The asylum policy of the European Union has been bogged down for years. The new interior minister now wants to change that: together with other countries, she now wants to lead the way – even if not everyone wants to participate.
In order to end the blockade in EU asylum policy that has been going on for years, Federal Interior Minister Nancy Faeser wants to forge a “coalition of receptive member states”. Such a coalition could go ahead and thus get the further development of the European asylum system going, said the SPD politician on Friday after a meeting with EU Interior Commissioner Ylva Johansson in Berlin.
Her first talks with France and Italy on migration issues had been promising. The minister did not dare to estimate how large this “coalition of the willing” would ultimately be. The new federal government also stands for “a new spirit” in migration policy, which also applies to Europe.
The migration crisis on the border with Belarus has shown that the EU states can be successful if they act together, said EU Commissioner Johansson. Around 5,000 of the migrants who were “lured into a trap” by the Belarusian ruler Alexander Lukashenko have now returned to their countries of origin. Recently, hardly any migrants have come to the European Union irregularly, she emphasized.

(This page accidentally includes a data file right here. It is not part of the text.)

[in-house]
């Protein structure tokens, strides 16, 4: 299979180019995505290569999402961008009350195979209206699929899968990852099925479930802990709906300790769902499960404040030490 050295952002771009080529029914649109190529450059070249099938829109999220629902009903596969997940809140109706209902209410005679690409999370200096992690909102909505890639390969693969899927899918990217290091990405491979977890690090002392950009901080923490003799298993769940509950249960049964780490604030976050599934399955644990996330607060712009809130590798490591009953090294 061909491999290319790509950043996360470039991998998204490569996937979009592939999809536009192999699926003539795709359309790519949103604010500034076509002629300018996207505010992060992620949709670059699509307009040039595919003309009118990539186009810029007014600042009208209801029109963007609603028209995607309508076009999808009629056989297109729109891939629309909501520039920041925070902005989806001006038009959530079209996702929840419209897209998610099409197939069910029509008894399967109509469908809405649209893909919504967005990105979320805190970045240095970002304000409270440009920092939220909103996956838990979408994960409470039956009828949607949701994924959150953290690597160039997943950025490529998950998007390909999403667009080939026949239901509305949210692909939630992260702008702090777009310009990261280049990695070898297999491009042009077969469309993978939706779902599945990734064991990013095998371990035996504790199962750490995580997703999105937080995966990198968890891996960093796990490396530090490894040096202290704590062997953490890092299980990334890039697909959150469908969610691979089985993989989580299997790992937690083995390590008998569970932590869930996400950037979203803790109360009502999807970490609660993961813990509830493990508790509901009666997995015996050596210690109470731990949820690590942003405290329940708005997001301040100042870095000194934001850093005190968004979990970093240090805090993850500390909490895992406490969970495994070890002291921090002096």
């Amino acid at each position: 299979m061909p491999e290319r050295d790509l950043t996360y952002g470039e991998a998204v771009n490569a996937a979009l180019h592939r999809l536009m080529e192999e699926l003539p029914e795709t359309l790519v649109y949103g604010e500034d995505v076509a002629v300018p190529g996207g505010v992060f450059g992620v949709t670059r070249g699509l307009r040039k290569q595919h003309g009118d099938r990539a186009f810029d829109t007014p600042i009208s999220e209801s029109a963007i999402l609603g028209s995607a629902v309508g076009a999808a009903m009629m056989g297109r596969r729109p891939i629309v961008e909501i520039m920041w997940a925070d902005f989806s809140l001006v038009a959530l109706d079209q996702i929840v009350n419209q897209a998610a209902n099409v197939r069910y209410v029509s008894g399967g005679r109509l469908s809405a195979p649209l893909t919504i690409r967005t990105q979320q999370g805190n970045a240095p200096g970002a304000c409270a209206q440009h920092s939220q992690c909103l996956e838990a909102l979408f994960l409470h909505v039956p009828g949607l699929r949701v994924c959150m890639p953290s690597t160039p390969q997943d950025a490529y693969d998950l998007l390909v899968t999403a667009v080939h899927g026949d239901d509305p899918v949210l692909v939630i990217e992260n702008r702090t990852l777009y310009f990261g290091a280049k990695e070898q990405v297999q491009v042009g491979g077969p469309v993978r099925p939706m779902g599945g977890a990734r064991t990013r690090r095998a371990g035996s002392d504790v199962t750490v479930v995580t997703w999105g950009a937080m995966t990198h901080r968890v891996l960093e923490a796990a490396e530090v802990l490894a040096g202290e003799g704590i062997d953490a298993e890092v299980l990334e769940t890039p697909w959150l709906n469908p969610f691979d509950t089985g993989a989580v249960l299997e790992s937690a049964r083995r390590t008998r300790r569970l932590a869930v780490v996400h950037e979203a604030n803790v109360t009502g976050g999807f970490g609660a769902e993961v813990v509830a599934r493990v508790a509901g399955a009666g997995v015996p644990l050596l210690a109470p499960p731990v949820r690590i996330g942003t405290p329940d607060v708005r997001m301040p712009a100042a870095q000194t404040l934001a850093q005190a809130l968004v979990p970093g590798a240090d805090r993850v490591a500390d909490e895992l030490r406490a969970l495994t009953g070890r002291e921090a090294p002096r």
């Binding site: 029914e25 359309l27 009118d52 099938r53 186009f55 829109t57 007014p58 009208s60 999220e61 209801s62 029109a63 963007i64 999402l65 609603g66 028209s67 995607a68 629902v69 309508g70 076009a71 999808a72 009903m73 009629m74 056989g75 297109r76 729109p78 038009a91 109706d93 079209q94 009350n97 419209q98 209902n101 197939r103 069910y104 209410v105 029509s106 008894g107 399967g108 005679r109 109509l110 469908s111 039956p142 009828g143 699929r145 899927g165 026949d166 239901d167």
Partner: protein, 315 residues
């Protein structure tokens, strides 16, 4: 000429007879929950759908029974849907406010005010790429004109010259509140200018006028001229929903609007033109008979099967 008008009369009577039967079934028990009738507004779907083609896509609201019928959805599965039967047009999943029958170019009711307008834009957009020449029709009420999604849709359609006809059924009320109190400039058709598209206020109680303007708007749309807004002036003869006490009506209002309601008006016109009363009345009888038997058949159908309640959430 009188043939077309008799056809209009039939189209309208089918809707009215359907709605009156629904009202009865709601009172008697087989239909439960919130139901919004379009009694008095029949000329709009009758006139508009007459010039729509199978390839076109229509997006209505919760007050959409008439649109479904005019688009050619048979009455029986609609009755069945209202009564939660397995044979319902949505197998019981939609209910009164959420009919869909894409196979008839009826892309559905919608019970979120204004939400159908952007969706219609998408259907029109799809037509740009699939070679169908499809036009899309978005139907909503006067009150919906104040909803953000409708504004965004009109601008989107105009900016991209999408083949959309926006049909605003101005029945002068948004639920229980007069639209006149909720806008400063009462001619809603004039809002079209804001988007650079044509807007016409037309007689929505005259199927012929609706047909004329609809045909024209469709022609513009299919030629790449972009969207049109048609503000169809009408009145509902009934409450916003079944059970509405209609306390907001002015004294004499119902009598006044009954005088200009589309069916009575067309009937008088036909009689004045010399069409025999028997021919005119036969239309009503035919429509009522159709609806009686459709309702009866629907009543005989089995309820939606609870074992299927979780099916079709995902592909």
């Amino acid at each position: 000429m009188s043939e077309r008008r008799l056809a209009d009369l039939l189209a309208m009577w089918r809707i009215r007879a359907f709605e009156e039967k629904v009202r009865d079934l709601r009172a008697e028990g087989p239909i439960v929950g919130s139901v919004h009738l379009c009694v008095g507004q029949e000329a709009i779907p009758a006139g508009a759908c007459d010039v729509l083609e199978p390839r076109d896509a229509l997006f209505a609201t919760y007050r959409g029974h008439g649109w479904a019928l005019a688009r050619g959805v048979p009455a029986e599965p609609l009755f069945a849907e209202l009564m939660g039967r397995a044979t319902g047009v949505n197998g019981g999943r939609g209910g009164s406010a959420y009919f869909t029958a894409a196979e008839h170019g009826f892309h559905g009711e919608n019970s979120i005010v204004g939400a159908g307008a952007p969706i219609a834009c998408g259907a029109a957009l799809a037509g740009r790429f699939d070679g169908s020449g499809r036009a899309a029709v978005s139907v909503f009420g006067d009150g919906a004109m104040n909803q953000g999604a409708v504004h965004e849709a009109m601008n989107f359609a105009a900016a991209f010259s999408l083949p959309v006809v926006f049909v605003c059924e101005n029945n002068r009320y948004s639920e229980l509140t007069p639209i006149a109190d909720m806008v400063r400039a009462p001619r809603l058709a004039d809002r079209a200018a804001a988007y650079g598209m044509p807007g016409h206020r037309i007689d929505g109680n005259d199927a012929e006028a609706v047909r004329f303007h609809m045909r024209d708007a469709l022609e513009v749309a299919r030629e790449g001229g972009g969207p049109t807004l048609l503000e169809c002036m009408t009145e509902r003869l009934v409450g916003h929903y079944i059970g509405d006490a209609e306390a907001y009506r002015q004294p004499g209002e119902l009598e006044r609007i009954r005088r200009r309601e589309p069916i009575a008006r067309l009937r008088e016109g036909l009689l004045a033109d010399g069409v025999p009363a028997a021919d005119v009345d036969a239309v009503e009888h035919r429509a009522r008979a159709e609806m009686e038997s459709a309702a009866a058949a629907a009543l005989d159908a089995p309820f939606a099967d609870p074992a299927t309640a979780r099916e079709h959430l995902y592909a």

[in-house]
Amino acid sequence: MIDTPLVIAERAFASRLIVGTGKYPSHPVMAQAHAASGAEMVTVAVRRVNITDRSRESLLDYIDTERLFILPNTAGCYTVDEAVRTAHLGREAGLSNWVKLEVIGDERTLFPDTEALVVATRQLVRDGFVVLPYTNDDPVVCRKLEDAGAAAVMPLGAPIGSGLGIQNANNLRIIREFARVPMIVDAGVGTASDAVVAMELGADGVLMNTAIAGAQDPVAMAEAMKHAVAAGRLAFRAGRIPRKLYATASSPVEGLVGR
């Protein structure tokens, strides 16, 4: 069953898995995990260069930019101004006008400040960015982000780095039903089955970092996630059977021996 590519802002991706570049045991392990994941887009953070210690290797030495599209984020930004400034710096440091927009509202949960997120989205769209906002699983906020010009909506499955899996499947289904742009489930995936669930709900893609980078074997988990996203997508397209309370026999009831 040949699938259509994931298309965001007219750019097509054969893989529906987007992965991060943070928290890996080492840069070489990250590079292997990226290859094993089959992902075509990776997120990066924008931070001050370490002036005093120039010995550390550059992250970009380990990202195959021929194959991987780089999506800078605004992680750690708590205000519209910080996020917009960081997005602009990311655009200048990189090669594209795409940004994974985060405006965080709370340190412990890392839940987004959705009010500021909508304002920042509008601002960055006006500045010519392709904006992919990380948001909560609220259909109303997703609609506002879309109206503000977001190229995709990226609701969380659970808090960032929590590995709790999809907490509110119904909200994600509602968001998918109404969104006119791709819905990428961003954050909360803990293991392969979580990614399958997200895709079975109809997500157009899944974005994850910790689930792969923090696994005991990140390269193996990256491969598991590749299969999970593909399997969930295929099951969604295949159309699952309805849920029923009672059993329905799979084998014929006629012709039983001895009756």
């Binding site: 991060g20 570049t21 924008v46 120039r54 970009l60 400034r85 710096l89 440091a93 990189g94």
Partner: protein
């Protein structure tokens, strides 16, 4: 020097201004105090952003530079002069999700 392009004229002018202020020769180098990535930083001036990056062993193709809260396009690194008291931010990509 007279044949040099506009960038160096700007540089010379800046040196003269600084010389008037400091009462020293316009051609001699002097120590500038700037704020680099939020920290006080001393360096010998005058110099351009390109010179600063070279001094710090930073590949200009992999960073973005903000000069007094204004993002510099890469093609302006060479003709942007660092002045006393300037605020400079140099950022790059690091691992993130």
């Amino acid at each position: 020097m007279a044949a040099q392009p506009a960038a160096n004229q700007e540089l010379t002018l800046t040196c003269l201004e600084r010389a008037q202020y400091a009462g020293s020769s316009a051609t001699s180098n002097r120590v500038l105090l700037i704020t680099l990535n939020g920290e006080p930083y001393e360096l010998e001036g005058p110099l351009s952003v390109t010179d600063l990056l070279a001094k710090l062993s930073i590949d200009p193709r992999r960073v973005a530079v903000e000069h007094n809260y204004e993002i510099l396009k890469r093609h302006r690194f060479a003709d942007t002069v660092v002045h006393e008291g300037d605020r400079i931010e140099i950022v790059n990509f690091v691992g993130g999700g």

It is good that Germany is “taking on a more constructive role again when it comes to the deadlocked negotiations on the reform of the European asylum system,” said the Greens’ chairman in the interior committee, Marcel Emmerich. Faeser’s predecessor Horst Seehofer (CSU) had “blocked or blindly ignored” humanitarian approaches for years.
With a group of EU member states, Germany can now bring more movement into the negotiations and ensure better standards.